>> erosion, and argued that irregularities in the interface between
>> osteoclastic and nonosteoclastic bone support this, but this can also occur
>> with increase in invagination of the surface of the bone>via nutriating
>> tissues and blood vessels (underlying the keratinous sheath) as they
>> themselves argued in late-stage metaplasia. A dis
> the two types of bone, rather than regular deposition, is hardly direct
> evidence of erosion, nor does it explain>osteoclastic bone erosion while
> metaplasia was underway, when metaplastic transformation is to occur
> afterward (while the structures were still apparently horn-like).
> Again, read the triceratops paper. Trike horns change orientation through
> ontogeny, that means they ERODE bone on one side, and DEPOSIT bone on the
> other. That's how it works.
>> You know, I recall having discussions that projecting extant analogues was
>> the only way to KNOW the constraints under which systems can work. Witmer
>> and Holliday studying bone analogues for soft-tissues, Taylor et al studying
>> aniaml neck posture, Hutchinson and Gatesy et als on locomotion of various
>> tetrapods. Eliminating what doesn't work, to narrow the field to what does.
>> Instead, the above quote purports that we can just toss in an idea because
>> it _isn't contradictable_; tantamount to asking "why not?" This is science?
> Dinosaurs were not deer. Some people seem to have a great deal of trouble
> accepting that fact. Modern savannah/grass based ecosystems may not be good
> analogues for mesozoic ecology: you wouldn't compare dinosaur ecology to that
> found in carboniferous swamps, so why do you think it is any more appropriate
> to assume that it was similar to what we see today in entirely unrelated
> animals? There are benefits to using comparative anatomy, of course, but
> there are also severe limitations, and these can be very misleading.
> Proposing comparative anatomy as the "only" way to "know" doesn't sound like
> science to me. Anyway, if you really want a deer comparison... what age deer
> has the best rack? Through ontogeny, (up to a point (!)) deer get more points
> on their antlers, which are shed each year: deer don't even bother to erode
> (=resorb) all that good phophate.
> me out.>
>> I may have missed a "-al projection," which would have alluded to my
>> understanding that ontogeny is not a proxy for phylogeny, but must derive
>> from it nonetheless (ontogeny in the constraints created by phylogeny,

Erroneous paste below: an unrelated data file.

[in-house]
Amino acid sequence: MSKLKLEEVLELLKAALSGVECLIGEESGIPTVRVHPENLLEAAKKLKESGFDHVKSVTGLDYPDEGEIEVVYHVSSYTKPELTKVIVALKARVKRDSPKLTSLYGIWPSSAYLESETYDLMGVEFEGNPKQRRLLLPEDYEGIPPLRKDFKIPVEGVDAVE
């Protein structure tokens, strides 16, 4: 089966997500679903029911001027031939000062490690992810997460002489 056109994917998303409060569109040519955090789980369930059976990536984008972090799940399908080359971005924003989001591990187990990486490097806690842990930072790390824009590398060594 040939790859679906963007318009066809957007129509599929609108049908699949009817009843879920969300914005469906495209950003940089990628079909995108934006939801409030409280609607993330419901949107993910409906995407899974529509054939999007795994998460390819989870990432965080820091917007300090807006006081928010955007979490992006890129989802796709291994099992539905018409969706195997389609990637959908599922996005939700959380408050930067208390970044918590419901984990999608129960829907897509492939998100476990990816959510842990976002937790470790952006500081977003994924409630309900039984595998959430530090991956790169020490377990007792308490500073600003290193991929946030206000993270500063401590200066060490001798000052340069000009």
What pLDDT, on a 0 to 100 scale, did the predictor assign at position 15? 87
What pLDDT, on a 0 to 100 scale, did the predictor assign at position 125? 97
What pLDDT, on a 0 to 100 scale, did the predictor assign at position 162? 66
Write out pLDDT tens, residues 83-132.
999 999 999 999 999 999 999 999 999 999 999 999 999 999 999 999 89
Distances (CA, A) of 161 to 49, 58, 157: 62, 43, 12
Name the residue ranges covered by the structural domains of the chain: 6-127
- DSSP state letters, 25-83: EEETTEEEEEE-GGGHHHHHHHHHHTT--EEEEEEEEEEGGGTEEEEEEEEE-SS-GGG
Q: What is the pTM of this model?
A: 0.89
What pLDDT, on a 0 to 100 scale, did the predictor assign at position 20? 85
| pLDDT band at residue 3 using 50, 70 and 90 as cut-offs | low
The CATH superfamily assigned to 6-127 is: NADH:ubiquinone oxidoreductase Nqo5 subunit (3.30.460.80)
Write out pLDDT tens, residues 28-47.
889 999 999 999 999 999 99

>> whatever they are, while phylogeny will enforce by common descent similar if
>> not identical ontogenetic trajectories as the null model). The paper
>> proposes that it can do away with the null hypothesis by working itself
>> backwards -- that there is a minimal number of taxa, and that metaplasia is
>> the result of distiguishing features among age-classes. This is not to say
>> that I prefer taxonomic profusion, and am a conservative lumper by concern,
>> rather than practice; but simply trying to shoehorn specimens into an
>> ontogenetic scheme and say that the ontogenetic scheme supports the
>> shoehorning is certainly not a safe ground.
> Why is taxonomic diversity the null hypothesis? Frankly,
> always-cladogenesis/diversity is unfalsifiable, therefore unscientific.
> There's a lot of good data that corroborates Horner & Goodwin's views, but
> you will have to wait for the paper. Dinosaur taxonomy as we know it, is
> going to change.
>> I would suggest looking up the work Lehman has done to clarify the taxonomic
>> disparity among different areas in similar ages of the latest Cretaceous. It
>> was certainly not one "narrow strip of forested floodplain," and we are
>> cautious about assuming that all taxa recovered where we have originated in
>> that region. Simply examining the veldt or Serengheti will provide a
>> diversity of Bovidae in what is "just one big savannah," by comparison.
> See my above comment. I have presented at SVP on why most of what Lehman
> published on the biogeography issue is incorrect. Adherence to these old
> views holds back our understanding of what is going on. You'll see much more
> on this issue presented and published over the coming few years.